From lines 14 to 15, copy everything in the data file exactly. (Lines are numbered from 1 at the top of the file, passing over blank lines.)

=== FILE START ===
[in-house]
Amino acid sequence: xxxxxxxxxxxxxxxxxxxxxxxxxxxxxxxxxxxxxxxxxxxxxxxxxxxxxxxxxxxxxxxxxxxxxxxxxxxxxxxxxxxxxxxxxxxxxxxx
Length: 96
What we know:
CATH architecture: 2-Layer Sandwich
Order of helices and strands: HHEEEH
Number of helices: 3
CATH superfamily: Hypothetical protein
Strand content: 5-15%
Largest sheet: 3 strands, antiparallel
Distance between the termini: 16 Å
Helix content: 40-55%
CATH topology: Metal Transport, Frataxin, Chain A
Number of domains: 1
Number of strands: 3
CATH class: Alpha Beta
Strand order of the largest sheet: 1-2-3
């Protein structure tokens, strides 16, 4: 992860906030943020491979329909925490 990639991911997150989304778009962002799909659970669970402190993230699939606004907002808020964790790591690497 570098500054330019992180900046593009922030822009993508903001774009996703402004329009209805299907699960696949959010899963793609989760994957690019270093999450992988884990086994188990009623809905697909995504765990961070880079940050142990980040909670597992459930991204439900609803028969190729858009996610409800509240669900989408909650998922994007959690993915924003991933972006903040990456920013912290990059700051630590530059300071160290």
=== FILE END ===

Number of domains: 1
Number of strands: 3